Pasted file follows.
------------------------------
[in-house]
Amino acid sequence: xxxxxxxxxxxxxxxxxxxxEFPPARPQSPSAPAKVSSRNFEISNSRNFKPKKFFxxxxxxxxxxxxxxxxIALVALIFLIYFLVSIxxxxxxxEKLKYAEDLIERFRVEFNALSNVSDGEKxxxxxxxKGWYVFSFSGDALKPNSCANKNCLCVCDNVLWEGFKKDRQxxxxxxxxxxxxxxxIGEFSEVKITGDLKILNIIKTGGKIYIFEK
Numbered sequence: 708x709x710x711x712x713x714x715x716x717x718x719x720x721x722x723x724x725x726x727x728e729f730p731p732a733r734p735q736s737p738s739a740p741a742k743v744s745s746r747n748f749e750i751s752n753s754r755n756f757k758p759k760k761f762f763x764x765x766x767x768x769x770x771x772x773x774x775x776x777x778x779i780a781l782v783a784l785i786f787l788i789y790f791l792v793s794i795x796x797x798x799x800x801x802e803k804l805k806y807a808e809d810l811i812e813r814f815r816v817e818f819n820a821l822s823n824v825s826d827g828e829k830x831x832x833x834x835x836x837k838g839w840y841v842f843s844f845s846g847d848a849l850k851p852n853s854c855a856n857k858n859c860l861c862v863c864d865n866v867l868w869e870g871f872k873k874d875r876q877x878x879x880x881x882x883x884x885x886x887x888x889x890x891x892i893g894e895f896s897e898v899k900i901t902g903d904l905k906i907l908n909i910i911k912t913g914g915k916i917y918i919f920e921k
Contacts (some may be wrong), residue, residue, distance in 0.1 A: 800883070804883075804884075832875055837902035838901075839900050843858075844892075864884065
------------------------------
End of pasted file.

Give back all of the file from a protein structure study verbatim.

[in-house]
Amino acid sequence: xxxxxxxxxxxxxxxxxxxxEFPPARPQSPSAPAKVSSRNFEISNSRNFKPKKFFxxxxxxxxxxxxxxxxIALVALIFLIYFLVSIxxxxxxxEKLKYAEDLIERFRVEFNALSNVSDGEKxxxxxxxKGWYVFSFSGDALKPNSCANKNCLCVCDNVLWEGFKKDRQxxxxxxxxxxxxxxxIGEFSEVKITGDLKILNIIKTGGKIYIFEK
Numbered sequence: 708x709x710x711x712x713x714x715x716x717x718x719x720x721x722x723x724x725x726x727x728e729f730p731p732a733r734p735q736s737p738s739a740p741a742k743v744s745s746r747n748f749e750i751s752n753s754r755n756f757k758p759k760k761f762f763x764x765x766x767x768x769x770x771x772x773x774x775x776x777x778x779i780a781l782v783a784l785i786f787l788i789y790f791l792v793s794i795x796x797x798x799x800x801x802e803k804l805k806y807a808e809d810l811i812e813r814f815r816v817e818f819n820a821l822s823n824v825s826d827g828e829k830x831x832x833x834x835x836x837k838g839w840y841v842f843s844f845s846g847d848a849l850k851p852n853s854c855a856n857k858n859c860l861c862v863c864d865n866v867l868w869e870g871f872k873k874d875r876q877x878x879x880x881x882x883x884x885x886x887x888x889x890x891x892i893g894e895f896s897e898v899k900i901t902g903d904l905k906i907l908n909i910i911k912t913g914g915k916i917y918i919f920e921k
Contacts (some may be wrong), residue, residue, distance in 0.1 A: 800883070804883075804884075832875055837902035838901075839900050843858075844892075864884065